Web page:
Surgeons onboard actually operate while on Titanic


Hitch

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Did any of the Surgeon's onboard actually operate or anything while they where on Titanic? And if so, where did they do it?
 
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I don't know that the surgury itself was actually used, though I seem to recall one of the passengers had to be treated for a broken arm. Suffice to say that the hospital on any Olympic class liner was fully functional and could be used for that purpose if necessery. The Olympic's sick bays had to be used on a number of occassions during her career.
 

Bob Godfrey

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The 'hospital' on Titanic was a collection of rooms where 3rd Class passengers could recuperate in conditions slightly more roomy and better ventilated than their own cabins, with better toilet and washing facilties and with an attendant on hand. This included an isolation section of rooms for those with contagious diseases. 1st and 2nd class passengers on the 'sick list' would expect to be cared for in the comfort of their own staterooms. In the event that surgery was needed, the best equipped locations would be the three 'surgeries' (one for 3rd Class, one for 1st/2nd and one for the crew) which at other times served as consulting/treatment rooms for out-patients - just like those of a modern family doctor or GP.
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Hitch

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Thanks guys.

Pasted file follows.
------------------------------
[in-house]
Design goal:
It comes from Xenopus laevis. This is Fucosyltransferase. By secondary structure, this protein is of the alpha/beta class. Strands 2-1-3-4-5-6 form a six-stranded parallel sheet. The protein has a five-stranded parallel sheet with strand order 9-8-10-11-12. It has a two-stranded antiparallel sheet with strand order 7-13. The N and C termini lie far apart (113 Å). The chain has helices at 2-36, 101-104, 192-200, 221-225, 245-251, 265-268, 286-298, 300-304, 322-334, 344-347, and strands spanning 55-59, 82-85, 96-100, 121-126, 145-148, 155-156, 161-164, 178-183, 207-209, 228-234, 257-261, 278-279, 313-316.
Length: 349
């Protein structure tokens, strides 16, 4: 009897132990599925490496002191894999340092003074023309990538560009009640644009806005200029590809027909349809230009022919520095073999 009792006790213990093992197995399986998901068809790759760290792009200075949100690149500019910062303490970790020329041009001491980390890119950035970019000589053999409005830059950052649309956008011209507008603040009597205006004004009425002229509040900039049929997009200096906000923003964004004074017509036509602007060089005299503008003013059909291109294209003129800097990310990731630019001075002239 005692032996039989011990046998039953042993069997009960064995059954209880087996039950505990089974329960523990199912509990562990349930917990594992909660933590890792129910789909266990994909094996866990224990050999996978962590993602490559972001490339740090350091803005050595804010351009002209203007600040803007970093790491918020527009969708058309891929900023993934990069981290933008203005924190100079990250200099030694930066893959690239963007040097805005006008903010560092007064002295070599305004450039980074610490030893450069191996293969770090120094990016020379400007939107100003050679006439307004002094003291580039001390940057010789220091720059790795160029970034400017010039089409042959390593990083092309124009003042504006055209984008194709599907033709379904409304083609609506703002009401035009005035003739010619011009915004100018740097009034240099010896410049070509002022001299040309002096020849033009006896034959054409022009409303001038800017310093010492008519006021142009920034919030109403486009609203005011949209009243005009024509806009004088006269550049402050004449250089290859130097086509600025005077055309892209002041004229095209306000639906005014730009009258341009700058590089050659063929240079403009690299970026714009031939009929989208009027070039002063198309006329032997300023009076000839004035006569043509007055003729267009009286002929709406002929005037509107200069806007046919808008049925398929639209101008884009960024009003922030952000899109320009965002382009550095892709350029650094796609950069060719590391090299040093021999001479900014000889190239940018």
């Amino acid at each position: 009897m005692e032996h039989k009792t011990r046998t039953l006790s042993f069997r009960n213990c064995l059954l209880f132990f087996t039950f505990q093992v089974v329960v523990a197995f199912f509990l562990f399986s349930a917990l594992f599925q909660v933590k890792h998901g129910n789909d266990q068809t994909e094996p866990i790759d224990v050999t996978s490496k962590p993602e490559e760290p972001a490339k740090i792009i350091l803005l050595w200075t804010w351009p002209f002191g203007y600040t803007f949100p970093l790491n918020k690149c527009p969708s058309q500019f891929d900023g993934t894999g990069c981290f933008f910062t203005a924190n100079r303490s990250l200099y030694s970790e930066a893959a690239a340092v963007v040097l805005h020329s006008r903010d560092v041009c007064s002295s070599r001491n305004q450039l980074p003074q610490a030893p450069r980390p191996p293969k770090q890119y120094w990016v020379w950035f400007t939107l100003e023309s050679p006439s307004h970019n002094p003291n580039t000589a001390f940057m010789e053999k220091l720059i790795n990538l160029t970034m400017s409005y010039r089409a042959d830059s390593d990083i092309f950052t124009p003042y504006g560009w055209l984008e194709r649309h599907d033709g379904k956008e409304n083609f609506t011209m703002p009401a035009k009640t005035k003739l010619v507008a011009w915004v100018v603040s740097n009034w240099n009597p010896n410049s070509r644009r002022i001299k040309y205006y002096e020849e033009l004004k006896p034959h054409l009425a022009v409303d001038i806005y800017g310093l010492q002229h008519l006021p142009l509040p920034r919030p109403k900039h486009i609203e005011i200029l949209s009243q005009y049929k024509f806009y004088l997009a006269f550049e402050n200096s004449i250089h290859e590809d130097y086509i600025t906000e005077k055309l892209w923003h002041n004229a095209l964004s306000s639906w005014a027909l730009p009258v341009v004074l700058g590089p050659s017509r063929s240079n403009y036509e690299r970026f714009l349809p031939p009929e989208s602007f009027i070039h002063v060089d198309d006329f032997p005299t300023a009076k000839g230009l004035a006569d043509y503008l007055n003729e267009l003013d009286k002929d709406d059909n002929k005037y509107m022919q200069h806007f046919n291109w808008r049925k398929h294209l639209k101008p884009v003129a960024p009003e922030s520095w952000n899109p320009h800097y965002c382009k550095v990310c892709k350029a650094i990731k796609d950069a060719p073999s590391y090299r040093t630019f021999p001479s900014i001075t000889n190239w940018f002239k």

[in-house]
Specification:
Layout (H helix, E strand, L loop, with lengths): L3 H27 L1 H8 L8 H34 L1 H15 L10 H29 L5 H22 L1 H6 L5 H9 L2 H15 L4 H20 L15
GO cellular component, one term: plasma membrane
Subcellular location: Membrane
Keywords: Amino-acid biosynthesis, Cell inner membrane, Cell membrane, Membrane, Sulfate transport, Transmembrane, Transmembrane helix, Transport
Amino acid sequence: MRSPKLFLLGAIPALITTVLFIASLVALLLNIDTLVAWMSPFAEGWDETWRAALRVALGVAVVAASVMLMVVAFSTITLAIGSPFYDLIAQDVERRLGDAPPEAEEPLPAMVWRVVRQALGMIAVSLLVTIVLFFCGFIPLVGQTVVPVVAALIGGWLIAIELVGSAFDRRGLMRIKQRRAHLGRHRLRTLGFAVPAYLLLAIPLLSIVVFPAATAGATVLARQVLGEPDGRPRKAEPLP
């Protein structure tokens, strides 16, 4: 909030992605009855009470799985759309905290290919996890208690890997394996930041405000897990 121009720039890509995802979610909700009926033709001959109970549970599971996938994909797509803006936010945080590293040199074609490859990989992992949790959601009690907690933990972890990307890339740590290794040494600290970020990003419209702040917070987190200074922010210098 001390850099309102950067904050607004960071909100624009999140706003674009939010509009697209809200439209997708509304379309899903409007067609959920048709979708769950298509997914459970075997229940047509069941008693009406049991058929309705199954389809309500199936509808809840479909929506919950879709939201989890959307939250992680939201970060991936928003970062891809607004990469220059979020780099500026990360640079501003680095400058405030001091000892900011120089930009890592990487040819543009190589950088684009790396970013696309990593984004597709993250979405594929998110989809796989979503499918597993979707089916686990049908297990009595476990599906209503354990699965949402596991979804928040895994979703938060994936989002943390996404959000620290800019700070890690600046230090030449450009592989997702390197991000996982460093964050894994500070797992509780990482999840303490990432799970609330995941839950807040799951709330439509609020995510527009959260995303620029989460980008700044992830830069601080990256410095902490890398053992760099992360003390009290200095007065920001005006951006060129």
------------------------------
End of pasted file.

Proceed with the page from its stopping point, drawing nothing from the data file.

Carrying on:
Another thing I want to ask. In the article that you posted, Michael (many thanks for that btw) stands that the crew was treated in a seperated hospital on C-Deck.
But are Stewards/Stewardesses also crew and if so, then they would be treated in the hospital on C-Deck, no?
 

Mike Poirier

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Hi Carl
Glad I could help. I would say that stewards and stewardesses definitely counted as crew and most likely would have been in the separate hospital.
 

Hitch

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Thanks Michael.

this is maybe a weird question, but I need to know, because I'm writing a novel and its about the Titanic.

So... Did the doctors (on Titanic and general in 1912) had plastic gloves while they where operating? Or was end that invented yet?
 

Bob Godfrey

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Thin rubber gloves had been in common use in operating theatres for about 20 years, but not all surgeons favoured their use. By 1912 most would have accepted the benefit of gloves for their assistants, but many believed that their own work was best done with the unhampered sensitivity of a pair of bare but well-scrubbed hands. Doc O'Loughlin had been in the business a long time, so it's quite possible that he preferred to work with the traditional precision of uncovered hands.
 

Mike Poirier

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Hi Carl
I am at a loss over that question, but I love the fact you are striving to be as authentic as possible for your book. Hmmm... It seems like something Jack Eaton or Charlie Haas would know.
If you write a letter to the TI mailbox
and address it to either or- I am sure they will send you a response. Just go to
www.titanicinternationalsociety.org
and the snail mail address is there. Though you may want to ask the messageboard. The trustees check it and may be able to process it quicker.
Mike
 

Hitch

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thank you Bob for that information.


Michael, thank you. I think if your writing a book you HAVE to be as authentic as possible. Otherwise you don't know what could be real and what not.

Thank you for that link. do you mean that I should mail them with all my questions?
 

Mike Poirier

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Hi Carl
I would try email first. I know Charlie is email capable so if he receives the request by email, you could get a quicker answer.
Mike
 

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